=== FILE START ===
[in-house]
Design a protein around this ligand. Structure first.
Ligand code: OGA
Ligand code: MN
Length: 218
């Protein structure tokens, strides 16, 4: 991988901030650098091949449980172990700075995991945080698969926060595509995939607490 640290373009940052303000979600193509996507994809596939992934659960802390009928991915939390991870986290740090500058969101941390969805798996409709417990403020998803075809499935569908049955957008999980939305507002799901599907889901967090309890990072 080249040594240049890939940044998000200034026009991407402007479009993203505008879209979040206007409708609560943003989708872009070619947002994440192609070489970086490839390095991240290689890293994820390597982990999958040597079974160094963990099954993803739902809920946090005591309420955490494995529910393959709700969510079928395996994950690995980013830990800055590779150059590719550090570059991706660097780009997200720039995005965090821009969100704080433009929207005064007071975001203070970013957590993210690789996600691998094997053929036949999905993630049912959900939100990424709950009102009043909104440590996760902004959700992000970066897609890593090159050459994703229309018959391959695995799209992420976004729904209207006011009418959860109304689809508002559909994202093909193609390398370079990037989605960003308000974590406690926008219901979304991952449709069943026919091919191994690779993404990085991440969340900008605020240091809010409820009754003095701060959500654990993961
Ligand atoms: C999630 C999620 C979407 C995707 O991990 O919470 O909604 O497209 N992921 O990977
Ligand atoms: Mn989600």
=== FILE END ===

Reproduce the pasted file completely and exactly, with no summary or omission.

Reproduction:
[in-house]
Design a protein around this ligand. Structure first.
Ligand code: OGA
Ligand code: MN
Length: 218
């Protein structure tokens, strides 16, 4: 991988901030650098091949449980172990700075995991945080698969926060595509995939607490 640290373009940052303000979600193509996507994809596939992934659960802390009928991915939390991870986290740090500058969101941390969805798996409709417990403020998803075809499935569908049955957008999980939305507002799901599907889901967090309890990072 080249040594240049890939940044998000200034026009991407402007479009993203505008879209979040206007409708609560943003989708872009070619947002994440192609070489970086490839390095991240290689890293994820390597982990999958040597079974160094963990099954993803739902809920946090005591309420955490494995529910393959709700969510079928395996994950690995980013830990800055590779150059590719550090570059991706660097780009997200720039995005965090821009969100704080433009929207005064007071975001203070970013957590993210690789996600691998094997053929036949999905993630049912959900939100990424709950009102009043909104440590996760902004959700992000970066897609890593090159050459994703229309018959391959695995799209992420976004729904209207006011009418959860109304689809508002559909994202093909193609390398370079990037989605960003308000974590406690926008219901979304991952449709069943026919091919191994690779993404990085991440969340900008605020240091809010409820009754003095701060959500654990993961
Ligand atoms: C999630 C999620 C979407 C995707 O991990 O919470 O909604 O497209 N992921 O990977
Ligand atoms: Mn989600």